Third of 11 to 16-year-olds isolate themselves because of low body confidence, says study

An academy in east London is waging war against the damaging impact body image anxiety can have on young people by taking on a new body confidence toolkit from the Be Real Campaign.

Teachers at the Chobham Academy, which opened in September 2013 on the site of the London Olympic Village, will be teaching pupils how to feel comfortable with their bodies using the Body Confidence Campaign Toolkit for Schools.

The toolkit was officially launched today by the Be Real Campaign following research that reveals more than half of secondary schools pupils (52%) regularly worry about how they look while (30%) say they withdraw and isolate themselves from activities due to body image anxiety.

The academy will be using the toolkit in its PSHE lessons while also encouraging pupils to run their own body confidence awareness campaigns in school. All schools can download the toolkit from today from the Be Real Campaign website.

Rebecca Hickey, Chobham Academy Principal, said: “We know from our experience that body image anxiety affects pupils from all backgrounds and, if not tackled early enough, can lead to lower academic achievement and, in some cases, mental or physical health difficulties.

“The Be Real Campaign toolkit is a vital resource that will help us go beyond our current approach to body confidence. The issue of body image anxiety is an issue we have been aware of for some time and this toolkit will allow us to formalise our teaching while also enabling students at our academy to help each other through their own peer-to-peer support programmes.”

Schoolchildren studying in school library working together on project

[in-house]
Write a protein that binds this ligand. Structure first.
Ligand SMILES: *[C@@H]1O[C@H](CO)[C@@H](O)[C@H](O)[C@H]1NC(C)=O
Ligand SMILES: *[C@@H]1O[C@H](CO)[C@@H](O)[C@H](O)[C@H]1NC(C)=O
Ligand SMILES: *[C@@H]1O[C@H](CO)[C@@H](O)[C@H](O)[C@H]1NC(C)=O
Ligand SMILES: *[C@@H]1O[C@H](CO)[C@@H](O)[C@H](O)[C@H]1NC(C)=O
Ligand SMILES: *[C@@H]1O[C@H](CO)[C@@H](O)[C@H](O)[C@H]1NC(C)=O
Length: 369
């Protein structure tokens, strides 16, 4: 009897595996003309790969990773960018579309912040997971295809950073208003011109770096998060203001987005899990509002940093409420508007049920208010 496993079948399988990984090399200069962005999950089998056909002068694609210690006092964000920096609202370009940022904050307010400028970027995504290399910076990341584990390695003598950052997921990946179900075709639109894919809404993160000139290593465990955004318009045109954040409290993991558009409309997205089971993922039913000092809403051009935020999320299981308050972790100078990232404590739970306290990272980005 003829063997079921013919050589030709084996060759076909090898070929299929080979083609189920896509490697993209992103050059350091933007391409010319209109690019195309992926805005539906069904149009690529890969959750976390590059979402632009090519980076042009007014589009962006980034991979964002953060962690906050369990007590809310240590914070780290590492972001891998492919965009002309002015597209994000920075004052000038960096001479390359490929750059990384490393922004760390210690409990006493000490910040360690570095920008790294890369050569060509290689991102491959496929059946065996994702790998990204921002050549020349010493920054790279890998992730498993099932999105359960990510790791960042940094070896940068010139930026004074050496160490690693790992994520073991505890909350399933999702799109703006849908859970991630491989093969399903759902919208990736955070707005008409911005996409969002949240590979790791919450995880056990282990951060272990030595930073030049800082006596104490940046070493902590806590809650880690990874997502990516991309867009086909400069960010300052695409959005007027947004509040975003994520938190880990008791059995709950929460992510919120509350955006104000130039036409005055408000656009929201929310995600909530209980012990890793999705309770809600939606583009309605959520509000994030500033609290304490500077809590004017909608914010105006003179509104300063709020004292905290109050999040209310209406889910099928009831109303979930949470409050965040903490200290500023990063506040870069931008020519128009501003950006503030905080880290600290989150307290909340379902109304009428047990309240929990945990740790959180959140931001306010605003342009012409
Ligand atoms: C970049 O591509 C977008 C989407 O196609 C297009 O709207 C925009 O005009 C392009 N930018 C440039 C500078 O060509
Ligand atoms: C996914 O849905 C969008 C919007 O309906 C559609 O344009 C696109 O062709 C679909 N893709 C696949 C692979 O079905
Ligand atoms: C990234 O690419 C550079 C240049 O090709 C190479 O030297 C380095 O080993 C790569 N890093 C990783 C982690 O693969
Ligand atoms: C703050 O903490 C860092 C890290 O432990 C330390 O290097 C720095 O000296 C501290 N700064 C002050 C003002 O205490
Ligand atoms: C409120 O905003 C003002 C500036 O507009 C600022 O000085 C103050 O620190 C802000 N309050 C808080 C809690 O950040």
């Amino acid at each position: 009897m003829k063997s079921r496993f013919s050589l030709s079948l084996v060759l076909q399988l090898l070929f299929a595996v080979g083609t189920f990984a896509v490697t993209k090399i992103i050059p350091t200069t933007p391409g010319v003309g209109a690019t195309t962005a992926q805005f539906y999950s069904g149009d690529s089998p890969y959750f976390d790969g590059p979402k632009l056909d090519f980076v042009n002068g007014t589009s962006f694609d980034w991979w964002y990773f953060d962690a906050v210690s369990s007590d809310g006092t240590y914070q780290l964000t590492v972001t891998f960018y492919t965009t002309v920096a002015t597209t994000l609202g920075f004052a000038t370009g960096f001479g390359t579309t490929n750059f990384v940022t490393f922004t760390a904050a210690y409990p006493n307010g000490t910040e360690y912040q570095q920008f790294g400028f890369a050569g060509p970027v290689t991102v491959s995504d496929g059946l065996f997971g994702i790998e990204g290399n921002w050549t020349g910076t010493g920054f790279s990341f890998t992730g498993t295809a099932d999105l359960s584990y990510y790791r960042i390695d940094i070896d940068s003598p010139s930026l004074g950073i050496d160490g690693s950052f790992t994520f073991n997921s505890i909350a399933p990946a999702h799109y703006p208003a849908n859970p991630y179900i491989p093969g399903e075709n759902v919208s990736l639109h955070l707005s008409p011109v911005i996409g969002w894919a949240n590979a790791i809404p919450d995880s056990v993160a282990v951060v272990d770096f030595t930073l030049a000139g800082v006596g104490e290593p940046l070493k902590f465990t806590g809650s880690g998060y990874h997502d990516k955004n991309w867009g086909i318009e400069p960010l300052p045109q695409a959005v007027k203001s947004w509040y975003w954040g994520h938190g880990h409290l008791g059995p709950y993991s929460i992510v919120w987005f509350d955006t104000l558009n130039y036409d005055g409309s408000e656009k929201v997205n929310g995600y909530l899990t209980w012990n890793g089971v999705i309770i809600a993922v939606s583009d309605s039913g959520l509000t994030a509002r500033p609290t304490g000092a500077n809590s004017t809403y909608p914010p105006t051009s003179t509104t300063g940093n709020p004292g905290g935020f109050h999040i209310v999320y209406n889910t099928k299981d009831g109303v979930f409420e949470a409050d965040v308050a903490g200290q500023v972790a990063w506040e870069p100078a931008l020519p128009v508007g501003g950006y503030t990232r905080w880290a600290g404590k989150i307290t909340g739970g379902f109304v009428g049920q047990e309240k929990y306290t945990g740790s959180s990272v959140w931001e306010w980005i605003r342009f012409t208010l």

The Be Real Campaign’s toolkit has been created on the back of national research, called Somebody Like Me, that has revealed the scale and harmful impact that low body confidence is having on young people’s lives.

Researchers spoke to more than 2,000 secondary school pupils aged 11 to 16-years-old and found that nearly two thirds (63%) said what others think of their looks is important to them. In addition, 36% were willing to do ‘whatever it takes to look good’.

The report also highlights the vital part schools have to play in tackling body image anxiety, as three quarters of young people (76%) who learned about body confidence as part of their curriculum said it made them feel more positive about themselves. However, despite this, less than half of young people surveyed (48%) said they had learned about the issue in the classroom.

Denise Hatton, Chief Executive of the National Council of YMCAs in England and Wales, said: “The Be Real Campaign’s research released today shows how harmful body image anxiety can be for secondary school pupils as young as 11 years old.

“We’ve found evidence of young people not only isolating themselves from activities, potentially causing long-term physical or mental health difficulties, but also considering cosmetic surgery and extreme diets to improve how they believe they should look as a result of the body image ‘ideals’ they see in media and advertising.

“As such, we are proud to launch the Body Confidence Campaign Toolkit for Schools on the back of our findings. Evidence shows that schools are uniquely placed to support young people to hold positive discussions around body image with their peers and help reduce the negative impact low body confidence can have.

“We are now calling on schools across the country to download the Be Real Campaign toolkit to support their pupils to lead body confident and healthy lives.”

Read more about the toolkit, pledge and Be Real Campaign at

Schools can download a copy of the toolkit at

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